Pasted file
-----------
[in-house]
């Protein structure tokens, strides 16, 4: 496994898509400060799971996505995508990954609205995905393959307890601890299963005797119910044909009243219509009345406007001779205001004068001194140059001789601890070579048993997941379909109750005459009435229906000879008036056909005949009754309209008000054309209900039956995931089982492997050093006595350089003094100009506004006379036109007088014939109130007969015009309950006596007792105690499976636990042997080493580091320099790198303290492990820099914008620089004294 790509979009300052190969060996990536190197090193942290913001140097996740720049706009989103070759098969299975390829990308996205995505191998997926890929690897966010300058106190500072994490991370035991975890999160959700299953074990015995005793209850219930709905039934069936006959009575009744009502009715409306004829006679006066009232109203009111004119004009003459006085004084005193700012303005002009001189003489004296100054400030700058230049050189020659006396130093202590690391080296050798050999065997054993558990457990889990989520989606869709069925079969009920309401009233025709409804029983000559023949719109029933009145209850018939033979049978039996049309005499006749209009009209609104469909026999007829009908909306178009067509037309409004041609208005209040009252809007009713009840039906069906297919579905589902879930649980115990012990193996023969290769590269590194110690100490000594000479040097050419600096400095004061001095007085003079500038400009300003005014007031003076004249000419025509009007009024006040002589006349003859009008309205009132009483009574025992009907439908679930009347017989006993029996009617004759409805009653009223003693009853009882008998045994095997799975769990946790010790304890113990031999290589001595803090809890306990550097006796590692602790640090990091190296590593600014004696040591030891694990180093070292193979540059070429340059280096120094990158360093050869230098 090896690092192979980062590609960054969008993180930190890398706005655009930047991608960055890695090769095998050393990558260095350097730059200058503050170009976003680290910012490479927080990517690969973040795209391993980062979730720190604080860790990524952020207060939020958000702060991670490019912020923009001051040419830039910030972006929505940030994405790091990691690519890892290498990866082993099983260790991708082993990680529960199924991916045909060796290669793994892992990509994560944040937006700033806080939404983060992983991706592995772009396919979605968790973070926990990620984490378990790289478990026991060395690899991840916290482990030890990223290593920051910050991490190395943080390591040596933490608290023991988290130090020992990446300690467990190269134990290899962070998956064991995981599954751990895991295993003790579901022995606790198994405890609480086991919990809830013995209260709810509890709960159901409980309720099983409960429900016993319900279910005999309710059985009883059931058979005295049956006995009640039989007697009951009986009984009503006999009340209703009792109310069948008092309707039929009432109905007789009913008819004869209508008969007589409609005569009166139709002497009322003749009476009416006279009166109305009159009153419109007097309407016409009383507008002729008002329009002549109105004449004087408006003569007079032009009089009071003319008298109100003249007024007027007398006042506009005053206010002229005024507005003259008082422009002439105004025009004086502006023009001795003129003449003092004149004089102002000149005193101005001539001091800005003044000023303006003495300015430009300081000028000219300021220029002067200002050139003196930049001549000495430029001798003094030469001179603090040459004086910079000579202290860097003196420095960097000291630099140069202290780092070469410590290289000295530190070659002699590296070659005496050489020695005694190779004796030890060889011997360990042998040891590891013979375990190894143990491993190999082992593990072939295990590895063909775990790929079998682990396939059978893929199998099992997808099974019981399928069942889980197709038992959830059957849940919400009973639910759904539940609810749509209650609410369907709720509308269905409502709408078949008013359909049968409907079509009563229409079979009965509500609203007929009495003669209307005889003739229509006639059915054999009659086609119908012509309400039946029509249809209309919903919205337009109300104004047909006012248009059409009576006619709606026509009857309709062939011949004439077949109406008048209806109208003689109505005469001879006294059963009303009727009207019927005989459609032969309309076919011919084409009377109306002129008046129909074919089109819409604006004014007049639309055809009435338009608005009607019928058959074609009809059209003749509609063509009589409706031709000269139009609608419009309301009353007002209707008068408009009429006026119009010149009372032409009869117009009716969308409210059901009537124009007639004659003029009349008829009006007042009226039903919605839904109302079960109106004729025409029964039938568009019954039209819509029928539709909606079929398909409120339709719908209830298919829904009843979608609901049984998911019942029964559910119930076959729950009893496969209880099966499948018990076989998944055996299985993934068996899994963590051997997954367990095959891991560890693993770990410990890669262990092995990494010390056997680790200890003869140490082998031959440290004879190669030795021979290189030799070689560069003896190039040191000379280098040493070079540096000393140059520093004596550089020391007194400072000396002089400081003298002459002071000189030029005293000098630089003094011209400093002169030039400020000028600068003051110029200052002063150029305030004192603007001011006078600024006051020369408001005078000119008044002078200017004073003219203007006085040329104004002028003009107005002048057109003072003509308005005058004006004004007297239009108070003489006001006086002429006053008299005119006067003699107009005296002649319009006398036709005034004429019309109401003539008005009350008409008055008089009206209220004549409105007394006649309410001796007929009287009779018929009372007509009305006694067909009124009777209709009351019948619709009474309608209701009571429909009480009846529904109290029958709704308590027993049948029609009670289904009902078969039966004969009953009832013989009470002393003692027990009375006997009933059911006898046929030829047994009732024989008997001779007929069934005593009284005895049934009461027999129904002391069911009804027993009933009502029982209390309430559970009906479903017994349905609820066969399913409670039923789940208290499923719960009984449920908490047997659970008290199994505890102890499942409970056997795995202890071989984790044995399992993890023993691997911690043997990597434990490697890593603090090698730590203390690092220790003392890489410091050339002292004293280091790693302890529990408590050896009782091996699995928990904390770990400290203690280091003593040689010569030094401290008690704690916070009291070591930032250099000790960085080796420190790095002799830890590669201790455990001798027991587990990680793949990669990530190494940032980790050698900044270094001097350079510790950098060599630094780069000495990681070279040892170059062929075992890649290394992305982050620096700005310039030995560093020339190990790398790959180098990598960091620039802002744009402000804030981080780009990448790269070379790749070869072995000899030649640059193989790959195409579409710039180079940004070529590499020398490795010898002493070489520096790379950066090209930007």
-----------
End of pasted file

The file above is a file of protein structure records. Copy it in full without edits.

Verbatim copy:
[in-house]
């Protein structure tokens, strides 16, 4: 496994898509400060799971996505995508990954609205995905393959307890601890299963005797119910044909009243219509009345406007001779205001004068001194140059001789601890070579048993997941379909109750005459009435229906000879008036056909005949009754309209008000054309209900039956995931089982492997050093006595350089003094100009506004006379036109007088014939109130007969015009309950006596007792105690499976636990042997080493580091320099790198303290492990820099914008620089004294 790509979009300052190969060996990536190197090193942290913001140097996740720049706009989103070759098969299975390829990308996205995505191998997926890929690897966010300058106190500072994490991370035991975890999160959700299953074990015995005793209850219930709905039934069936006959009575009744009502009715409306004829006679006066009232109203009111004119004009003459006085004084005193700012303005002009001189003489004296100054400030700058230049050189020659006396130093202590690391080296050798050999065997054993558990457990889990989520989606869709069925079969009920309401009233025709409804029983000559023949719109029933009145209850018939033979049978039996049309005499006749209009009209609104469909026999007829009908909306178009067509037309409004041609208005209040009252809007009713009840039906069906297919579905589902879930649980115990012990193996023969290769590269590194110690100490000594000479040097050419600096400095004061001095007085003079500038400009300003005014007031003076004249000419025509009007009024006040002589006349003859009008309205009132009483009574025992009907439908679930009347017989006993029996009617004759409805009653009223003693009853009882008998045994095997799975769990946790010790304890113990031999290589001595803090809890306990550097006796590692602790640090990091190296590593600014004696040591030891694990180093070292193979540059070429340059280096120094990158360093050869230098 090896690092192979980062590609960054969008993180930190890398706005655009930047991608960055890695090769095998050393990558260095350097730059200058503050170009976003680290910012490479927080990517690969973040795209391993980062979730720190604080860790990524952020207060939020958000702060991670490019912020923009001051040419830039910030972006929505940030994405790091990691690519890892290498990866082993099983260790991708082993990680529960199924991916045909060796290669793994892992990509994560944040937006700033806080939404983060992983991706592995772009396919979605968790973070926990990620984490378990790289478990026991060395690899991840916290482990030890990223290593920051910050991490190395943080390591040596933490608290023991988290130090020992990446300690467990190269134990290899962070998956064991995981599954751990895991295993003790579901022995606790198994405890609480086991919990809830013995209260709810509890709960159901409980309720099983409960429900016993319900279910005999309710059985009883059931058979005295049956006995009640039989007697009951009986009984009503006999009340209703009792109310069948008092309707039929009432109905007789009913008819004869209508008969007589409609005569009166139709002497009322003749009476009416006279009166109305009159009153419109007097309407016409009383507008002729008002329009002549109105004449004087408006003569007079032009009089009071003319008298109100003249007024007027007398006042506009005053206010002229005024507005003259008082422009002439105004025009004086502006023009001795003129003449003092004149004089102002000149005193101005001539001091800005003044000023303006003495300015430009300081000028000219300021220029002067200002050139003196930049001549000495430029001798003094030469001179603090040459004086910079000579202290860097003196420095960097000291630099140069202290780092070469410590290289000295530190070659002699590296070659005496050489020695005694190779004796030890060889011997360990042998040891590891013979375990190894143990491993190999082992593990072939295990590895063909775990790929079998682990396939059978893929199998099992997808099974019981399928069942889980197709038992959830059957849940919400009973639910759904539940609810749509209650609410369907709720509308269905409502709408078949008013359909049968409907079509009563229409079979009965509500609203007929009495003669209307005889003739229509006639059915054999009659086609119908012509309400039946029509249809209309919903919205337009109300104004047909006012248009059409009576006619709606026509009857309709062939011949004439077949109406008048209806109208003689109505005469001879006294059963009303009727009207019927005989459609032969309309076919011919084409009377109306002129008046129909074919089109819409604006004014007049639309055809009435338009608005009607019928058959074609009809059209003749509609063509009589409706031709000269139009609608419009309301009353007002209707008068408009009429006026119009010149009372032409009869117009009716969308409210059901009537124009007639004659003029009349008829009006007042009226039903919605839904109302079960109106004729025409029964039938568009019954039209819509029928539709909606079929398909409120339709719908209830298919829904009843979608609901049984998911019942029964559910119930076959729950009893496969209880099966499948018990076989998944055996299985993934068996899994963590051997997954367990095959891991560890693993770990410990890669262990092995990494010390056997680790200890003869140490082998031959440290004879190669030795021979290189030799070689560069003896190039040191000379280098040493070079540096000393140059520093004596550089020391007194400072000396002089400081003298002459002071000189030029005293000098630089003094011209400093002169030039400020000028600068003051110029200052002063150029305030004192603007001011006078600024006051020369408001005078000119008044002078200017004073003219203007006085040329104004002028003009107005002048057109003072003509308005005058004006004004007297239009108070003489006001006086002429006053008299005119006067003699107009005296002649319009006398036709005034004429019309109401003539008005009350008409008055008089009206209220004549409105007394006649309410001796007929009287009779018929009372007509009305006694067909009124009777209709009351019948619709009474309608209701009571429909009480009846529904109290029958709704308590027993049948029609009670289904009902078969039966004969009953009832013989009470002393003692027990009375006997009933059911006898046929030829047994009732024989008997001779007929069934005593009284005895049934009461027999129904002391069911009804027993009933009502029982209390309430559970009906479903017994349905609820066969399913409670039923789940208290499923719960009984449920908490047997659970008290199994505890102890499942409970056997795995202890071989984790044995399992993890023993691997911690043997990597434990490697890593603090090698730590203390690092220790003392890489410091050339002292004293280091790693302890529990408590050896009782091996699995928990904390770990400290203690280091003593040689010569030094401290008690704690916070009291070591930032250099000790960085080796420190790095002799830890590669201790455990001798027991587990990680793949990669990530190494940032980790050698900044270094001097350079510790950098060599630094780069000495990681070279040892170059062929075992890649290394992305982050620096700005310039030995560093020339190990790398790959180098990598960091620039802002744009402000804030981080780009990448790269070379790749070869072995000899030649640059193989790959195409579409710039180079940004070529590499020398490795010898002493070489520096790379950066090209930007």